From the publisher:
Gainsborough's Fred Spiksley was one of the first working class youngsters in 1887 to live 'the dream' of becoming a professional footballer, before later finding a role as a globe-trotting coach. He thus dodged the inevitability of industrial, poorly paid, dangerous labour. Lightning fast, Spiksley created and scored hundreds of goals including, to the great joy of the future Queen Mary who chased him down the touchline, three against Scotland in 1893\.
The outside left scored both Sheffield Wednesday's goals in the 2-1 defeat of Wolves in the 1896 FA Cup Final at the Crystal palace. Forced by injury to stop playing at aged 36, Spiksley adventured out into the world. He acted with Charlie Chaplin, escaped from a German prison at the start of the First World War and later made the first 'talking' football training film for youngsters.
As a coach/manager he won titles in Sweden, Mexico, the USA and Germany, becoming the last Englishman to coach a German title-winning team with 1FC Nuremburg in 1927\. He coached in Barcelona in 1932 and it was only after his involvement had exceeded 50 years, during which time, as this book explains, the game changed dramatically, did Spiksley's football career end. As an addicted gambler and womaniser, Spiksley had his problems away from football.
However, he was beloved by his football fans, including Herbert Chapman, the greatest manager of that era in English football who, towards the end of his life, picked him in his finest XI.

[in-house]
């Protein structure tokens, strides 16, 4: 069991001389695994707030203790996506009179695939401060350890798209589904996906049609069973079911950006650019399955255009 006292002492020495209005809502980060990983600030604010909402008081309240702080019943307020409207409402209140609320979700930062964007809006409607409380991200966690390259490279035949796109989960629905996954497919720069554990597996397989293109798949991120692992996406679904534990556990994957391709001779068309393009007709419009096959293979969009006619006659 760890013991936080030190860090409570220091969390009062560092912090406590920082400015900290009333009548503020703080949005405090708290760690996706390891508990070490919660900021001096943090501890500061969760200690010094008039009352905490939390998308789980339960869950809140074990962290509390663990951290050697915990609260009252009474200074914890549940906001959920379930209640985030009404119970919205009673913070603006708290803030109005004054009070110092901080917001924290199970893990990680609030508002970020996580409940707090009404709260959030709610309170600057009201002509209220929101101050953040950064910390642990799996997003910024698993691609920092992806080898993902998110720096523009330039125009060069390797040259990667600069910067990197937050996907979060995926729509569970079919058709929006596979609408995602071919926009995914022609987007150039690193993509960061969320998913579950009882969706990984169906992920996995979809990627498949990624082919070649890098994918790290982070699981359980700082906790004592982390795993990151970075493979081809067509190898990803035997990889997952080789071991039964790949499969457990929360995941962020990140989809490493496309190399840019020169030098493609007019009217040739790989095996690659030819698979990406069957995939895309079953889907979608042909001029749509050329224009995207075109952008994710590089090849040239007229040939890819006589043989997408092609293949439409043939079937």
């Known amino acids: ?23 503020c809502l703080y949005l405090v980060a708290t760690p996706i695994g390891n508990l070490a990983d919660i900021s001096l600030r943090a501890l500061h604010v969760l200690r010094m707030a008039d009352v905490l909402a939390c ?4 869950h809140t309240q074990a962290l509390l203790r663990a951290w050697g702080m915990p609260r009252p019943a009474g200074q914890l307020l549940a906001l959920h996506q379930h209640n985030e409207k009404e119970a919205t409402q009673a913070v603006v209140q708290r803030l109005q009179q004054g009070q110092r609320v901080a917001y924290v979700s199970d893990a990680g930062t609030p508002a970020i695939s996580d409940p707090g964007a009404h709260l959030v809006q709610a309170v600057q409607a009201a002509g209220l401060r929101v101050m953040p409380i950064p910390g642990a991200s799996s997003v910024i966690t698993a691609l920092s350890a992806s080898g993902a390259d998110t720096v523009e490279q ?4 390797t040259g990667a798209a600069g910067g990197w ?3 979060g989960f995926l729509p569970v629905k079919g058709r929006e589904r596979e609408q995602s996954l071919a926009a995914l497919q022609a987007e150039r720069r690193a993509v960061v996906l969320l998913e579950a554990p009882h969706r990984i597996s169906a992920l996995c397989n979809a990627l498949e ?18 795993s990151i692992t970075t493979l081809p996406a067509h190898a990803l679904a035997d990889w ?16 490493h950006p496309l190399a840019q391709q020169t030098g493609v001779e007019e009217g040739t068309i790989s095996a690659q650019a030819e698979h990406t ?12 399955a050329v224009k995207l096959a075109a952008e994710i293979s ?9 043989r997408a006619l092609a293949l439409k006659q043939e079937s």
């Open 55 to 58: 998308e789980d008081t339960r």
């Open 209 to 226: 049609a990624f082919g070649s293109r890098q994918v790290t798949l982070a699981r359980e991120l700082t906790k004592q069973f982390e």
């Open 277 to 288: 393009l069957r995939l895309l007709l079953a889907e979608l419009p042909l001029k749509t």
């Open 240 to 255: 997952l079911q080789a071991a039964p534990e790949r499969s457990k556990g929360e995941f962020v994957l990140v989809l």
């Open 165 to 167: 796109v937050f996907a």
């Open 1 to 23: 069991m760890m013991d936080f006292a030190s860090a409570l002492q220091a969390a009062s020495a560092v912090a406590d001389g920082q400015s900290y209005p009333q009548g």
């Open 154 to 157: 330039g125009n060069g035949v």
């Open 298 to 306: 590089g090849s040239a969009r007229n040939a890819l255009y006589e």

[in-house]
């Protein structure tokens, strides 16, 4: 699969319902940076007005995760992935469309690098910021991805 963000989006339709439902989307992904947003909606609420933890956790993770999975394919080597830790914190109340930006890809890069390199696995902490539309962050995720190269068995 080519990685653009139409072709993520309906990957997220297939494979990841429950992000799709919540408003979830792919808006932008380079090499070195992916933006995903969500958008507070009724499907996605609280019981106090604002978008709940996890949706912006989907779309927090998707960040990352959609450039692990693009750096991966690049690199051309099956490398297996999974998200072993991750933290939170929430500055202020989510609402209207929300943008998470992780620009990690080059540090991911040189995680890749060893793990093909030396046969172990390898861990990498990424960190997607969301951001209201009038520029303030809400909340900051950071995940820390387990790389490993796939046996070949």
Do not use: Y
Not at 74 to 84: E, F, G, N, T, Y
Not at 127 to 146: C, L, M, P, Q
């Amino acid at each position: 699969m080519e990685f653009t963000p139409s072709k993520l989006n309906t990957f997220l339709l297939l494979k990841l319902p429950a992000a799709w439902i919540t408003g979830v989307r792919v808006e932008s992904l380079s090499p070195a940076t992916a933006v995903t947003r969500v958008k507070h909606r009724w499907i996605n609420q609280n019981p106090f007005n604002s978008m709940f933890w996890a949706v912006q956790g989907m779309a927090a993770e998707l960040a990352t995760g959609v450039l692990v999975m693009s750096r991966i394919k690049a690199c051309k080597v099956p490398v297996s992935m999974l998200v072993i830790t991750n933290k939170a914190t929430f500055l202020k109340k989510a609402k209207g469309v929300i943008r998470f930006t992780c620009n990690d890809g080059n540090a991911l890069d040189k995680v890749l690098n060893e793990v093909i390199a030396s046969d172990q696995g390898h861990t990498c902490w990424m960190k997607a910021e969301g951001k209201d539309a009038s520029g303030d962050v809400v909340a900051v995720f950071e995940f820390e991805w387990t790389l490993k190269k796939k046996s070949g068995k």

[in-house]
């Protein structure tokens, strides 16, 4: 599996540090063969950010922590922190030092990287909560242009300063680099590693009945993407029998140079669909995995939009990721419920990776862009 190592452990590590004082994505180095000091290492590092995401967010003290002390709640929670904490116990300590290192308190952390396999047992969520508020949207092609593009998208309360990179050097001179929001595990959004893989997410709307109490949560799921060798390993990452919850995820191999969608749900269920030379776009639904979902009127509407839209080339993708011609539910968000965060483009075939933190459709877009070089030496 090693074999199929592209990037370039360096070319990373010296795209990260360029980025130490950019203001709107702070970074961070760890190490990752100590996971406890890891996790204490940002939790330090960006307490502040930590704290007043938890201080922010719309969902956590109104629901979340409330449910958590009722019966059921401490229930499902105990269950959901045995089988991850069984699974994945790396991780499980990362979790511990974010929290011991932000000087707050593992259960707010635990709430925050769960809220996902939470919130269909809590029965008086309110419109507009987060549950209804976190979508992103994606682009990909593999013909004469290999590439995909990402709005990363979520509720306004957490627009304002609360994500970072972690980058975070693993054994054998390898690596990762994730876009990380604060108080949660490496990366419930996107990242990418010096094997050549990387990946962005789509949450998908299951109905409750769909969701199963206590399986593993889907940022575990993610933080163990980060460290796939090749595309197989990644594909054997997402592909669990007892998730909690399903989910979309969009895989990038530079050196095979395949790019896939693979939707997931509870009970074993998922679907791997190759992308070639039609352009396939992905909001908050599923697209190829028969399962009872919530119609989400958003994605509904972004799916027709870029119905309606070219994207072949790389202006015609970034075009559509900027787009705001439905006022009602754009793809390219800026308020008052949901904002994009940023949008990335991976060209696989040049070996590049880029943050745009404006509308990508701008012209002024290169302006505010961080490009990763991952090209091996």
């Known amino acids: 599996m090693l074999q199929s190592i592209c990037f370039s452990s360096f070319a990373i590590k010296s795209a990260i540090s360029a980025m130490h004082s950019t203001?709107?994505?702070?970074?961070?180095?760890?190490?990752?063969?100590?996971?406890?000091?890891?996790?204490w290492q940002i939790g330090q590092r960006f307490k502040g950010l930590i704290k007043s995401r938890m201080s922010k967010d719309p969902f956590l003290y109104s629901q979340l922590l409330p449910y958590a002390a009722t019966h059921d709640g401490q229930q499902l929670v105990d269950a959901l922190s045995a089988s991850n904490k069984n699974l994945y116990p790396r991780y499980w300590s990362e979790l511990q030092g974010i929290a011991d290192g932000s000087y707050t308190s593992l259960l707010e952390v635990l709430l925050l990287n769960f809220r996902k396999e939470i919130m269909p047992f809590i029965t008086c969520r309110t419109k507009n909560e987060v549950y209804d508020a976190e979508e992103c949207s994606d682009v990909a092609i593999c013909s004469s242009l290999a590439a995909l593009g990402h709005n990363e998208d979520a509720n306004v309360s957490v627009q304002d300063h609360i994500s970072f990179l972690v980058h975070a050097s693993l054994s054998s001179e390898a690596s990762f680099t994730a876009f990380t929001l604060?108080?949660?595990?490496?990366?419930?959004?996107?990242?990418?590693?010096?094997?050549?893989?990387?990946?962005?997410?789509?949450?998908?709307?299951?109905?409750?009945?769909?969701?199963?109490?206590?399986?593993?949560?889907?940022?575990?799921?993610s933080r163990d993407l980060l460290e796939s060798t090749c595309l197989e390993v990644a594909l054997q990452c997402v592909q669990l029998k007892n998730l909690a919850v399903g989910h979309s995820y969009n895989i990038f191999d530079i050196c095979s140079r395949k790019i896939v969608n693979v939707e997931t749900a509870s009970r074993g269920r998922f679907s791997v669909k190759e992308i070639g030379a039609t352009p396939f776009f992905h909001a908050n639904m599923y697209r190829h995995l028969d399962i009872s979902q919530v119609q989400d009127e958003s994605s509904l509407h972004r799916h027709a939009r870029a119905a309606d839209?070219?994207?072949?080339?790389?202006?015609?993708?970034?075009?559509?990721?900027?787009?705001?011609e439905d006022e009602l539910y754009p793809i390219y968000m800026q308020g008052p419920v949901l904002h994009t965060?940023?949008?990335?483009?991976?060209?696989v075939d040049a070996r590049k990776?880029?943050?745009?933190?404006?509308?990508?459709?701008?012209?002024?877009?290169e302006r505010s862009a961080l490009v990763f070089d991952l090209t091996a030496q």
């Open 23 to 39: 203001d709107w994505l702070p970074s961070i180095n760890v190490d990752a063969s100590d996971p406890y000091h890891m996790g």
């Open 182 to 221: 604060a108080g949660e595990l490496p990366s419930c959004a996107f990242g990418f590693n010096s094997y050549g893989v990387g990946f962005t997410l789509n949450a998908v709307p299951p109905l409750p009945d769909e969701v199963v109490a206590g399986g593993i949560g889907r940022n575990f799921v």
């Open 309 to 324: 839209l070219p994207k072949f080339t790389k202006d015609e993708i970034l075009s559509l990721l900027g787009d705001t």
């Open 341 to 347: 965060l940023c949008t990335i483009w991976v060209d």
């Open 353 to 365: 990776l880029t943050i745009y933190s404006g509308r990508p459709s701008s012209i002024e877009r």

A full-time writer for over a decade, Mark Metcalf has written many books on football clubs and players, particularly prior to WWI, rediscovered numerous previously hidden football facts and organised a series of Professional Football Association plaques to former greats. An accomplished public speaker, he writes regularly for the Big Issue North magazine and Unite the Union.
Clive Nicholson is currently Head of Arts in a successful York secondary school, where he has taught Art & Design for sixteen years. At the age of 9 he discovered that Fred Spiksley is his Great Granduncle and has spent three decades researching and telling the story of his remarkable ancestor. Clive has collected hundreds of images and artefacts that provide a pictorial history of Spiksley's story, with many being used within this publication.